The Benefits Of Beetroot

28th August 2009

Parental instructions to consume more vegetables – ‘Eat up your greens, they’ll make you big and strong…’; ‘Don’t leave those carrots, they’ll help you see in the dark…’ – rarely centre around beetroot. Yet a recent study at the University of Exeter suggests that beetroot juice confers excellent health benefits, and particularly improves stamina.

Jill Glenn finds out more.

Apparently, it’s all down to the nitrates…

The volunteers in the Exeter University study, the results of which were revealed earlier this month, each drank 500ml of organic beetroot juice per day for six consecutive days before completing a series of physical tests, involving cycling on an exercise bike. As a control, on a separate occasion, they were given blackcurrant cordial for six days before completing the same tests. After the beetroot juice the group was able to cycle for an average of 11.25 minutes: 92 seconds longer than after the placebo, and roughly a 2% reduction in the time taken to cover a set distance. Effectively it’s an increase in endurance: use it to keep going for longer without getting tired (an extra ten minutes for every hour) or cover the same distance more quickly. It might not sound much to the lay (or should that be lazy?) person, but for a professional athlete, say, it could mean the difference between the booby prize and a place on the podium.

The results suggest that the nitrates in the juice are turning into nitric oxide in the body, reducing the ‘oxygen cost’ that results from exercise. Professor Andy Jones, part of the research team at the University of Exeter's School of Sport and Health Sciences, and an adviser to athlete Paula Radcliffe, observed: "We were amazed by the effects of beetroot juice on oxygen uptake because these effects cannot be achieved by any other known means, including training.”

The results may well be impressive, but the sample size was small – only eight people – so it’s probably too soon for muscle men and marathon runners to radically alter their training regimes. Even so, beetroot juice has enough additional plus points that there’s a good case for including it more regularly in any diet.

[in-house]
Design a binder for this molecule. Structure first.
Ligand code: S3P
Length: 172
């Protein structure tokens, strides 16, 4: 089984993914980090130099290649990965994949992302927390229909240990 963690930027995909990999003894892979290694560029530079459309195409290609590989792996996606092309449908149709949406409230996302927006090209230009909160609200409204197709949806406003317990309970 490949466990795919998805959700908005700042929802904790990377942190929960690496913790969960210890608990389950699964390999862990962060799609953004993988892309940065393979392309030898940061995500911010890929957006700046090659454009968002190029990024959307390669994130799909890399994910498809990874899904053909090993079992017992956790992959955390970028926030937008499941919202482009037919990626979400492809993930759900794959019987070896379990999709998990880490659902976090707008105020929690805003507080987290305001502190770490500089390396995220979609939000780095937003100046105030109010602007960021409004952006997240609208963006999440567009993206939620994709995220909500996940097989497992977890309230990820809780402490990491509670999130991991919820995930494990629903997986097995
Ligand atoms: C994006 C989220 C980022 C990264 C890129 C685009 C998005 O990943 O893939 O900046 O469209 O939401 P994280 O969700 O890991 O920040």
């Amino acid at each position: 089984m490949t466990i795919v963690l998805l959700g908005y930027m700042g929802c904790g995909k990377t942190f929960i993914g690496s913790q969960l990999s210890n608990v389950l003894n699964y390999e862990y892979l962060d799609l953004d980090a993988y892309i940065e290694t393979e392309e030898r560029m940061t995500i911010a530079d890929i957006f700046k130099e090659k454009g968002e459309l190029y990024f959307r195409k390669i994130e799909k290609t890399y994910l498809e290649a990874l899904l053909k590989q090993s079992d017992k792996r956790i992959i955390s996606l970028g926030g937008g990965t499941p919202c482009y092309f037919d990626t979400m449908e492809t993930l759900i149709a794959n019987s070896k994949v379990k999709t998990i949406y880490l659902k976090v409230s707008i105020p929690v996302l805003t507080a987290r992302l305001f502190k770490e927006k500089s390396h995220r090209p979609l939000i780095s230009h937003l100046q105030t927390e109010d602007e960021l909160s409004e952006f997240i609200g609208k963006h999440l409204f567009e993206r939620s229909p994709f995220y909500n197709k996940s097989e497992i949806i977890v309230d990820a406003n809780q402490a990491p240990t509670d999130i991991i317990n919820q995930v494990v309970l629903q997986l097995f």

Beetroot is abundant in anti-oxidants, vitamins and minerals, and especially rich in iron, boron and folic acid. The Romans, with some justification, thought it an aphrodisiac (boron is a mineral important in the production of human sex hormones) and there’s also a folk belief that a man and woman eating from the same beetroot will fall in love. Presumably with each other, although there’s no research to clarify this…

The Exeter study also confirmed the results of a survey carried out in 2007 that showed that beetroot juice can reduce high blood pressure. Volunteers at the William Harvey Research Institute at St Bartholomew's Hospital, London, drank 500ml of beetroot juice or water over the course of 30 minutes, and had their blood pressure measured at regular intervals for the next 24 hours. A reduction in the pressure of the juice-drinkers was observed almost immediately, and was still evident 24 hours later. Again, the study was small (just 14 people) but the results are encouraging. The research team leader, Professor Amrita Ahluwalia, concluded: "Drinking beetroot juice, or consuming other nitrate-rich vegetables, might be a simple way to maintain a healthy cardiovascular system."

Nitrates are also found in green, leafy vegetables, including spinach and lettuce, but they are especially concentrated in juices, and very easy to consume that way. You can juice your own beetroot, or buy from a range of ready-prepared offerings, available in health food stores or online. Some are mixed with other juices, often apple, to offset a certain earthiness, and most taste very palatable – especially served chilled.

For parents, there’s a definite advantage to all this. Need to get some superfoods into your children’s diet without inititating World War Three? Just puree some beetroot and hide it in a fruit crumble, or purchase one of those prepared beetroot juices and add it – discreetly – to blackcurrant drinks or raspberry smoothies.

You can’t do that with cabbage…

Find Your Local